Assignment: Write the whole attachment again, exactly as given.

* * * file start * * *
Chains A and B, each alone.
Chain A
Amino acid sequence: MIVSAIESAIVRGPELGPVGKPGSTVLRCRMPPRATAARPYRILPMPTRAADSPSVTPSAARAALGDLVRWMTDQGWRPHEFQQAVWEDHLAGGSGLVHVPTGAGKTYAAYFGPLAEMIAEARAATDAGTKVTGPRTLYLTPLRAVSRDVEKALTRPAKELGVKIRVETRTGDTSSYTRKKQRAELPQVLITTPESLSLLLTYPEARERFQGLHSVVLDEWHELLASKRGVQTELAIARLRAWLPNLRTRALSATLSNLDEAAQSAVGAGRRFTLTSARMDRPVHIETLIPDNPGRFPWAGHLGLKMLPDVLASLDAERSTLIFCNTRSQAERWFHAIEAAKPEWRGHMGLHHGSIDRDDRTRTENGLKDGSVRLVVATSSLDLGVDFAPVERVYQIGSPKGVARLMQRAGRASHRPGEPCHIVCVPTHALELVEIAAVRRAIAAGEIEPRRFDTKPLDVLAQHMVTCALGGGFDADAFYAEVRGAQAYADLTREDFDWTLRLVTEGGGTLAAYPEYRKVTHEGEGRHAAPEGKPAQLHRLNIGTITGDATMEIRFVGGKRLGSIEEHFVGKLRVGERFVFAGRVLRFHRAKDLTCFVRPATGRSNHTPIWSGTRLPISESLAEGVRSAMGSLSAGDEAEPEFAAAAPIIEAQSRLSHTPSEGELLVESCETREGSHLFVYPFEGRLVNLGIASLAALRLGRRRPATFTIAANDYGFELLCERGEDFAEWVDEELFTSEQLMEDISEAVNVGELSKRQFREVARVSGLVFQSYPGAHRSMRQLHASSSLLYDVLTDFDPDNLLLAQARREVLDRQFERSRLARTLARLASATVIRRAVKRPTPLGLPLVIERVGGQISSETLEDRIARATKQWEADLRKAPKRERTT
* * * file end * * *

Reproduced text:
Chains A and B, each alone.
Chain A
Amino acid sequence: MIVSAIESAIVRGPELGPVGKPGSTVLRCRMPPRATAARPYRILPMPTRAADSPSVTPSAARAALGDLVRWMTDQGWRPHEFQQAVWEDHLAGGSGLVHVPTGAGKTYAAYFGPLAEMIAEARAATDAGTKVTGPRTLYLTPLRAVSRDVEKALTRPAKELGVKIRVETRTGDTSSYTRKKQRAELPQVLITTPESLSLLLTYPEARERFQGLHSVVLDEWHELLASKRGVQTELAIARLRAWLPNLRTRALSATLSNLDEAAQSAVGAGRRFTLTSARMDRPVHIETLIPDNPGRFPWAGHLGLKMLPDVLASLDAERSTLIFCNTRSQAERWFHAIEAAKPEWRGHMGLHHGSIDRDDRTRTENGLKDGSVRLVVATSSLDLGVDFAPVERVYQIGSPKGVARLMQRAGRASHRPGEPCHIVCVPTHALELVEIAAVRRAIAAGEIEPRRFDTKPLDVLAQHMVTCALGGGFDADAFYAEVRGAQAYADLTREDFDWTLRLVTEGGGTLAAYPEYRKVTHEGEGRHAAPEGKPAQLHRLNIGTITGDATMEIRFVGGKRLGSIEEHFVGKLRVGERFVFAGRVLRFHRAKDLTCFVRPATGRSNHTPIWSGTRLPISESLAEGVRSAMGSLSAGDEAEPEFAAAAPIIEAQSRLSHTPSEGELLVESCETREGSHLFVYPFEGRLVNLGIASLAALRLGRRRPATFTIAANDYGFELLCERGEDFAEWVDEELFTSEQLMEDISEAVNVGELSKRQFREVARVSGLVFQSYPGAHRSMRQLHASSSLLYDVLTDFDPDNLLLAQARREVLDRQFERSRLARTLARLASATVIRRAVKRPTPLGLPLVIERVGGQISSETLEDRIARATKQWEADLRKAPKRERTT